Are stronger laws the solution to curbing distracted driving?

A Quebec coroner's recommendation for stricter laws against distracted driving has renewed debate about the best way to curb cell phone use in vehicles.

Quebec coroner's call for making cell phone use while driving a criminal offence spurs debate

Drivers engaged in text messaging on a cell phone are 23 times more likely to be involved in a crash, or near-crash event, compared with non-distracted drivers, according to a recent U.S. study. (The Associated Press)

A Quebec coroner's recommendation to amend the Criminal Code to include a law against distracted driving has renewed debate about the best way to curb cell phone use in vehicles. 

Michel Ferland wants the federal government to make driving while texting or talking on the phone a criminal offence in the case of death or injury, much like drunk driving.

Ferland also wants police to have more power to seize information from the driver's phone to prove their suspicions in court, and he suggested new car models could include a function to scramble cell phone signals in cars. 

Another Quebec coroner recently went even further, suggesting an outright ban on cell phones in vehicles should be under consideration. 

The problem is clear enough: drivers engaged in text messaging on a cell phone are 23 times more likely to be involved in a crash, or near-crash event, compared with non-distracted drivers, according to a recent U.S. study.

Cell phone use while driving is currently only considered a violation of the Highway Safety Code. 

All provinces in Canada, however, now have bans in place on using cellphones or hand-held electronic devices while driving.

Depending on the legislation, penalties can include hefty fines and, in many cases, demerit points.

Laws or attitudes?

Not everyone agrees stiffer punishment for cell phone users is the solution.

Lewis Smith, a spokesman for the Canada Safety Council, said amending the Criminal Code would be "overkill."

"We really need to focus on changing attitudes first," Smith told CBC Montreal's Daybreak on Tuesday.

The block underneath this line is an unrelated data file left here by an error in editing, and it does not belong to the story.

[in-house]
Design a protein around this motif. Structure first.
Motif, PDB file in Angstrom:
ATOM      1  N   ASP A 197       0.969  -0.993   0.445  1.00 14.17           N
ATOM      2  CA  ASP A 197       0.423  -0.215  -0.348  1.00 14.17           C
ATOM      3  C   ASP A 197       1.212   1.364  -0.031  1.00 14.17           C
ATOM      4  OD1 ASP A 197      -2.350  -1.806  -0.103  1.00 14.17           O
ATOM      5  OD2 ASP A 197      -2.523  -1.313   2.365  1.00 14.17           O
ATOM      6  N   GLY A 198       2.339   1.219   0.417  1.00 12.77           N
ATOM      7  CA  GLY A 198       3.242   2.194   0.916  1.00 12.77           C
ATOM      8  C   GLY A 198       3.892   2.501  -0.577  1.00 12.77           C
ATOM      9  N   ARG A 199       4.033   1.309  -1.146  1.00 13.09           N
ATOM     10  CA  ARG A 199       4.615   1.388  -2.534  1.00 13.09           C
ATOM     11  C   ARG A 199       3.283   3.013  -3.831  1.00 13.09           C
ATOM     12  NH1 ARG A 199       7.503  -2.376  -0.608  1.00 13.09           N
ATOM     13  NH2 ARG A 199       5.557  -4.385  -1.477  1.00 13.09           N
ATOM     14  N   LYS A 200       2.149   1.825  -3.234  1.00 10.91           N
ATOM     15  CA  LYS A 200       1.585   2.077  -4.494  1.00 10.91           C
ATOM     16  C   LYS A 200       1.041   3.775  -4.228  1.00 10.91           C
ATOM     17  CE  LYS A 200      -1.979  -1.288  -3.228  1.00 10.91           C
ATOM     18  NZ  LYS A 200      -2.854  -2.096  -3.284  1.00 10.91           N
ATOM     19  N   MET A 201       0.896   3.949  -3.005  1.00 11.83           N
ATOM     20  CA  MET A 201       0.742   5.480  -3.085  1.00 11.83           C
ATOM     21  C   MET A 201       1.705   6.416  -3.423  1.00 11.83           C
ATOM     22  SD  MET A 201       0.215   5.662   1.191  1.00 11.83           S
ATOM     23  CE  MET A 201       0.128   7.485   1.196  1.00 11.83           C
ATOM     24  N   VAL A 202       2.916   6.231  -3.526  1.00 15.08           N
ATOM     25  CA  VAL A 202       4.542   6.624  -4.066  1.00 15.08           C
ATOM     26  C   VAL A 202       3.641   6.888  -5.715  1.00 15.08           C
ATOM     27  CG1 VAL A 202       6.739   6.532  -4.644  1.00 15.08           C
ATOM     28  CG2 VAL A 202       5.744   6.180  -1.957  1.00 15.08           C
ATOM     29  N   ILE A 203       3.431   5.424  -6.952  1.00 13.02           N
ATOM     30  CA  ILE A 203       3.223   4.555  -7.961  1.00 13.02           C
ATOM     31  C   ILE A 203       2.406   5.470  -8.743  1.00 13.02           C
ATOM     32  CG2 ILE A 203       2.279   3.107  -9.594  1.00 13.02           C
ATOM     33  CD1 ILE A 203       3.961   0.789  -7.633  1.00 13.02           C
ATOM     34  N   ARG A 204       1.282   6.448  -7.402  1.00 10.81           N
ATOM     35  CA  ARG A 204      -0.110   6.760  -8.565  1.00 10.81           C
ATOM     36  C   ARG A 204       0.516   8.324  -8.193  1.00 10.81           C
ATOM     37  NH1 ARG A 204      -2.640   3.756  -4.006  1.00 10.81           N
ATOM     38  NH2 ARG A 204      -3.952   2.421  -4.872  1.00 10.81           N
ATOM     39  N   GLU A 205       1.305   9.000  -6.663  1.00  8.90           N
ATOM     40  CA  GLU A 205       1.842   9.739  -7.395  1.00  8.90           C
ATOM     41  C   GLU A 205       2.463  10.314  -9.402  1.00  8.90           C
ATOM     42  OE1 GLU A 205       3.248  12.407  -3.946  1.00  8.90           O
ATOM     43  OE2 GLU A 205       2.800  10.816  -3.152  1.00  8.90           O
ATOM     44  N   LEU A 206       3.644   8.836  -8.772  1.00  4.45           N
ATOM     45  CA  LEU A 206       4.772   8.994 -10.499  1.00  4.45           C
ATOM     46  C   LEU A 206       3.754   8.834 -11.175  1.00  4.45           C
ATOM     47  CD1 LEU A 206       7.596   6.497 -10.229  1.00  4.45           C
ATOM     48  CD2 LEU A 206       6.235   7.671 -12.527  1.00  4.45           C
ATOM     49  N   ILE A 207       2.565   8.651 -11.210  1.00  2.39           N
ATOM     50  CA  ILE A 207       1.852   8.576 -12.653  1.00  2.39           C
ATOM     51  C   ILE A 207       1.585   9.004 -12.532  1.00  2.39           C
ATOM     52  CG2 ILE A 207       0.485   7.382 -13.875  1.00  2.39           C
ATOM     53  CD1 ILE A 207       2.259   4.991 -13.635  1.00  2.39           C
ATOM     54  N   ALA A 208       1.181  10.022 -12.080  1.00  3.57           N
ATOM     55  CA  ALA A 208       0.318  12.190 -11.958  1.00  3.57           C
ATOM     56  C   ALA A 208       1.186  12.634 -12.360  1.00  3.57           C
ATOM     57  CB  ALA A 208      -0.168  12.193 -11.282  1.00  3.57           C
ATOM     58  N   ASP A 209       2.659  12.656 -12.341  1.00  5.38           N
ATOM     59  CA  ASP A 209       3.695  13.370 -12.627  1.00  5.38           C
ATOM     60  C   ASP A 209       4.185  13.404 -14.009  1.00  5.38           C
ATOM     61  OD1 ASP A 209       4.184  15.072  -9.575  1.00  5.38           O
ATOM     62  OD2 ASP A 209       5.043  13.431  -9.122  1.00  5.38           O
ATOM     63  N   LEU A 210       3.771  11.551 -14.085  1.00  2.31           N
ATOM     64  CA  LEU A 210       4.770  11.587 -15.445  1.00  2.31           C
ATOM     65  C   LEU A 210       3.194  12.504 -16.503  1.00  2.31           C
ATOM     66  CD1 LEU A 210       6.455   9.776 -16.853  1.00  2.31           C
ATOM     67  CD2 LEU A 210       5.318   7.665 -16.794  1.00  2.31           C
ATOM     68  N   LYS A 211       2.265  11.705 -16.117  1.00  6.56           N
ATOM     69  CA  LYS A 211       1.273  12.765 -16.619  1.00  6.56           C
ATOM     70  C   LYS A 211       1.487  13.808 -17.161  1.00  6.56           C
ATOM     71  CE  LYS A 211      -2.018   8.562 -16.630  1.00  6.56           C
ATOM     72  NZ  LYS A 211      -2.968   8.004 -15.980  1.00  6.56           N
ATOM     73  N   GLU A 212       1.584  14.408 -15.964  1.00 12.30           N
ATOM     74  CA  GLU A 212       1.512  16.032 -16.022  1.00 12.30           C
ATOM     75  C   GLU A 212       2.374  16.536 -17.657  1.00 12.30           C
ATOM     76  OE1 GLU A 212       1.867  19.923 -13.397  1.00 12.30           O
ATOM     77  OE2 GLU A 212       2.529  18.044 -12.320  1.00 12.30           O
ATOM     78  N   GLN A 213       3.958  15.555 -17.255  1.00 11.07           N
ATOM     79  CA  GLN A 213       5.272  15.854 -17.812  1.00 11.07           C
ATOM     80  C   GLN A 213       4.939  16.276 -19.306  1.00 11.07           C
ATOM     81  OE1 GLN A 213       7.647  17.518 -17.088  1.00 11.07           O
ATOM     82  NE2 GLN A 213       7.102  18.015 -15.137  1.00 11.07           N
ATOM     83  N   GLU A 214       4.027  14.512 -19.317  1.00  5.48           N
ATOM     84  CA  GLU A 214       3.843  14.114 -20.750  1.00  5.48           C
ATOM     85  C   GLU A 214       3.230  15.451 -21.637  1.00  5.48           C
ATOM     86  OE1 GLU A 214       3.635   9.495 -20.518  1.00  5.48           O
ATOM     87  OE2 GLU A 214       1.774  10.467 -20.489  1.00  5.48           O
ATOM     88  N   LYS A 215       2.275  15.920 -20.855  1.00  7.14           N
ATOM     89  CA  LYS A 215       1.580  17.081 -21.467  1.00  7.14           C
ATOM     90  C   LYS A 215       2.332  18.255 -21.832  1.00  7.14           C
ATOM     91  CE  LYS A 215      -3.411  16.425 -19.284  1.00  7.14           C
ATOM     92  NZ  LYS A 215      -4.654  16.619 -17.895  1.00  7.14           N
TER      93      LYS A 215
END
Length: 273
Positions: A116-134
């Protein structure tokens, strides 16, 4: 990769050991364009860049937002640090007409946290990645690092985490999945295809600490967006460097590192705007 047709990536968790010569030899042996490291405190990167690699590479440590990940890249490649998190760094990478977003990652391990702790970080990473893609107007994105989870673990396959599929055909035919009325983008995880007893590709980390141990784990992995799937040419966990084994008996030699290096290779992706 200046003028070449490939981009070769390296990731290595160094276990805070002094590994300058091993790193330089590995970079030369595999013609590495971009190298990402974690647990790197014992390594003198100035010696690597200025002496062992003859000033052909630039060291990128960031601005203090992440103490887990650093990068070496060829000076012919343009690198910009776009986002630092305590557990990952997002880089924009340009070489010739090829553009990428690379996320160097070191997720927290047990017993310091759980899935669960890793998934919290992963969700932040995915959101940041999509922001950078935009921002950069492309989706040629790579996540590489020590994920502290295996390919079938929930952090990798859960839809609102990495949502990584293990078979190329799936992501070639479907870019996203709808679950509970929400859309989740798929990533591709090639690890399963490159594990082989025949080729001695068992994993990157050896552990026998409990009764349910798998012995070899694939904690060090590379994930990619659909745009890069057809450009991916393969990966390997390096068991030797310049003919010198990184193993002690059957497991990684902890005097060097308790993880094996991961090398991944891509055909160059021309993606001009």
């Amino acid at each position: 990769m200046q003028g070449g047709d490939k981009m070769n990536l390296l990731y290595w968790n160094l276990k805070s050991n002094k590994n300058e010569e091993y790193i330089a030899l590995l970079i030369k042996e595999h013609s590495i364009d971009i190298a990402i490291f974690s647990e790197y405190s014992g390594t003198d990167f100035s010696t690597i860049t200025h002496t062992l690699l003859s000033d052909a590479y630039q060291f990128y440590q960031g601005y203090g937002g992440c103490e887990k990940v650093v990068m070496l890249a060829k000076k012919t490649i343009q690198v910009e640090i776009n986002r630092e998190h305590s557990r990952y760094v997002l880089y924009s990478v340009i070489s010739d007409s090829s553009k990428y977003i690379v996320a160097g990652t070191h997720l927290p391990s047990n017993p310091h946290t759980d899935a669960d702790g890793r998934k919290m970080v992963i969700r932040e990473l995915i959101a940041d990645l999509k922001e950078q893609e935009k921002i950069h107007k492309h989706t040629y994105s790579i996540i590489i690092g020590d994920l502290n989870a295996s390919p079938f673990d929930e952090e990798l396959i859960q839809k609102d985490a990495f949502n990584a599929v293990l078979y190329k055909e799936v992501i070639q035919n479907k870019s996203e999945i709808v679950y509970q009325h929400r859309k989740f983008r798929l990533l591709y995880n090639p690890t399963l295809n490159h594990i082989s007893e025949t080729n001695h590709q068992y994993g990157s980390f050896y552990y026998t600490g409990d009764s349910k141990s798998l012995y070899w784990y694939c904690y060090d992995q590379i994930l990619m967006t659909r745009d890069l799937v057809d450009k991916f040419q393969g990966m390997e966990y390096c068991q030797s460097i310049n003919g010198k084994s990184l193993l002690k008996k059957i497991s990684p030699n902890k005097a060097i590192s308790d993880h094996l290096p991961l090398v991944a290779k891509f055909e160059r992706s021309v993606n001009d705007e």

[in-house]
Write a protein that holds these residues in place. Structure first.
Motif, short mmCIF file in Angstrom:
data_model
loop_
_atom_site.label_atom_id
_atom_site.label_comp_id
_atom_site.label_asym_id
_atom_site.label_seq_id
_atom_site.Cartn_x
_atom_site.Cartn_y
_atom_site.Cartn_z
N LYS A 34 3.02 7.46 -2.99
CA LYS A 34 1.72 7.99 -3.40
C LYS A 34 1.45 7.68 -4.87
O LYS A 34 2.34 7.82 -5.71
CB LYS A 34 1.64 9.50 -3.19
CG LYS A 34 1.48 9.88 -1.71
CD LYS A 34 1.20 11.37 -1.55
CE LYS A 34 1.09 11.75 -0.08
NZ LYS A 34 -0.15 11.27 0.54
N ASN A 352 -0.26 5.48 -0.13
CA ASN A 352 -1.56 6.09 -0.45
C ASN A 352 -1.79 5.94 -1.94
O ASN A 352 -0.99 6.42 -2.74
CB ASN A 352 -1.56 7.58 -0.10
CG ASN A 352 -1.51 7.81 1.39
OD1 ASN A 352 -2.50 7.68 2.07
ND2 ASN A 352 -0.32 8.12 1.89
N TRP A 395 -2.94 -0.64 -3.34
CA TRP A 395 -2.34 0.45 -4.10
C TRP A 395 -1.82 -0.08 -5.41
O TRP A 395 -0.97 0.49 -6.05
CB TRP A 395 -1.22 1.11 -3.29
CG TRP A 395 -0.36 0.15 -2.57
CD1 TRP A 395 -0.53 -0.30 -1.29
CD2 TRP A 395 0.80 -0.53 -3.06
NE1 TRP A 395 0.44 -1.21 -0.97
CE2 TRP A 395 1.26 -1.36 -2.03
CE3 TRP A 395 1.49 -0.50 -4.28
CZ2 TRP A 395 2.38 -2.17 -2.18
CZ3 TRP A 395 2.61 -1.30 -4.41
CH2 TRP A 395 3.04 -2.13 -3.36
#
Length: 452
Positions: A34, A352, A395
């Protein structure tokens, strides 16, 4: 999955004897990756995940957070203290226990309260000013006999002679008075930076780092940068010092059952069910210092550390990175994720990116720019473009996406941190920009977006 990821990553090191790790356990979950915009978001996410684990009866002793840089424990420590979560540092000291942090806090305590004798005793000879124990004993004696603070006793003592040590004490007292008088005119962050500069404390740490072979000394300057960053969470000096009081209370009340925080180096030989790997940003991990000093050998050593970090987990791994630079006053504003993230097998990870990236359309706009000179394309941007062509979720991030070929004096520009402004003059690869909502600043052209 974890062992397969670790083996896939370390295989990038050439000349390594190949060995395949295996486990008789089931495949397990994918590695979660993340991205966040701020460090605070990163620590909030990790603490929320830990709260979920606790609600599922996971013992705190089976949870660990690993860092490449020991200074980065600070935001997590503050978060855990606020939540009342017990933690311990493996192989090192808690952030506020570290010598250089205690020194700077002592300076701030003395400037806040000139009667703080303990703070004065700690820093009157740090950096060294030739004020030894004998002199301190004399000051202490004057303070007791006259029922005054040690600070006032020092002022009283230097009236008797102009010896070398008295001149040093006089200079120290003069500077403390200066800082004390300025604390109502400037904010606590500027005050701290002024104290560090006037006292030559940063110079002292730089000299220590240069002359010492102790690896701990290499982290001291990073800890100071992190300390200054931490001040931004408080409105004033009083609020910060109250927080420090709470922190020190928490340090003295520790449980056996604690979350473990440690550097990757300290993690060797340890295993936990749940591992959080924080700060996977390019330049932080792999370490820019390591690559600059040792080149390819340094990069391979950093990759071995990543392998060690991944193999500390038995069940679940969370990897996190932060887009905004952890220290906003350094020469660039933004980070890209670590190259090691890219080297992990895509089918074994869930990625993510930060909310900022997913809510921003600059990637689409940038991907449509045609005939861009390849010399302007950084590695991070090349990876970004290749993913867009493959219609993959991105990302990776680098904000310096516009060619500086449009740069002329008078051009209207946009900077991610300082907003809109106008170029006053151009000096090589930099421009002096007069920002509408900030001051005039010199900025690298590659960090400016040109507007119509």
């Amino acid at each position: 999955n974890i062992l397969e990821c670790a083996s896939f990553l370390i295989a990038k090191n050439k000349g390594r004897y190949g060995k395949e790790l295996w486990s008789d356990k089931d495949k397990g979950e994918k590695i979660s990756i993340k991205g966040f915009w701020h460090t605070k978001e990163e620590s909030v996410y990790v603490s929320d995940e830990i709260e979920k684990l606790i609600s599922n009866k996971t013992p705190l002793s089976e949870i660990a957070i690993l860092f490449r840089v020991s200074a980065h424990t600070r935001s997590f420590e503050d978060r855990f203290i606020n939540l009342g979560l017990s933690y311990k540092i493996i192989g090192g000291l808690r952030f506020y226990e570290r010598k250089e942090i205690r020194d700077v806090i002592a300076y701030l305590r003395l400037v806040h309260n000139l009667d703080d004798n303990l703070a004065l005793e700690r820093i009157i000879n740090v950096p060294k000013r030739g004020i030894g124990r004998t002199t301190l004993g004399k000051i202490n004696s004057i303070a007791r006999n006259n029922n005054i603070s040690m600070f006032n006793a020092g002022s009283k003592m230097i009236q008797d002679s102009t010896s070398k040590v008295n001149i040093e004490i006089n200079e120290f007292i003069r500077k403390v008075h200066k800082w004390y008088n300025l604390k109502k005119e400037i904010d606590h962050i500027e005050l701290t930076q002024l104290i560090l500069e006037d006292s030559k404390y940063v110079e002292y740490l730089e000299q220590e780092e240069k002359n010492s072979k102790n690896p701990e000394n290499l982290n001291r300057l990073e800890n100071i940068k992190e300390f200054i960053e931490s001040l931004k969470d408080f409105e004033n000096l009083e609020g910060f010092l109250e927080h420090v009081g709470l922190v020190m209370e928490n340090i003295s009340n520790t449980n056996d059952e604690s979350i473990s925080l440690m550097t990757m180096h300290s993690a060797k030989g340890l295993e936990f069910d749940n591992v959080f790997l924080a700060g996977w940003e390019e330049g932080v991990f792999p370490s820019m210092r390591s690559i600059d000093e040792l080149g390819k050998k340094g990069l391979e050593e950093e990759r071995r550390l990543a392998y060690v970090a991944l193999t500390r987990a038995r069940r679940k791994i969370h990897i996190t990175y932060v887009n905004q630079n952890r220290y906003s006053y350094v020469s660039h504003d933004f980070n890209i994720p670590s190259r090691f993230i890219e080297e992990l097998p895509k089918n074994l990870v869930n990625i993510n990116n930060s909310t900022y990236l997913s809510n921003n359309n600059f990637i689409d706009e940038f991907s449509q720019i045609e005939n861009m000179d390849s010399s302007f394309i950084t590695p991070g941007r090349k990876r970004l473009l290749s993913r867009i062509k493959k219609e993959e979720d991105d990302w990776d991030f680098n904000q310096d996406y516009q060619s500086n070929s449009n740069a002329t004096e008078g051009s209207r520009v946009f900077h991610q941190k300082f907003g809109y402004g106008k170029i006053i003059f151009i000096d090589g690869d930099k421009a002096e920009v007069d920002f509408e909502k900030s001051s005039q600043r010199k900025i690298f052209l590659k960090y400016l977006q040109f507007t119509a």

He said the Criminal Code already addresses dangerous driving in section 249, which prosecutors could use to target cell phone users. 

While Smith acknowledged distracted driving is "a critical issue," he said stronger laws could be problematic.

He gave the example of a driver who checks his phone at a red light, which he said isn't acceptable but shouldn't be considered a criminal offence. 

Smith added that scrambling a cell phone signal would also create potential dangers of its own, making it difficult to communicate in emergencies.

Shifting tides

In his view, education and greater public awareness of the problem is key.

He likened cell phone use to seatbelts, which at first were widely rejected by car users but are now accepted as necessary by the vast majority of drivers. 

Ferland's recommendations were made in a report into the death of Jimmy Brunet-Rotondo, a 28-year-old truck driver who rammed into the truck ahead of him on Highway 13 in Laval. 

He believes Brunet-Rotondo was distracted at the time of the crash.

There were no tire marks on the road and a witness said Brunet-Rotondo didn't brake until moments before impact, which "strongly suggests he didn't have his eyes on the road and was distracted by other things," the report said. 

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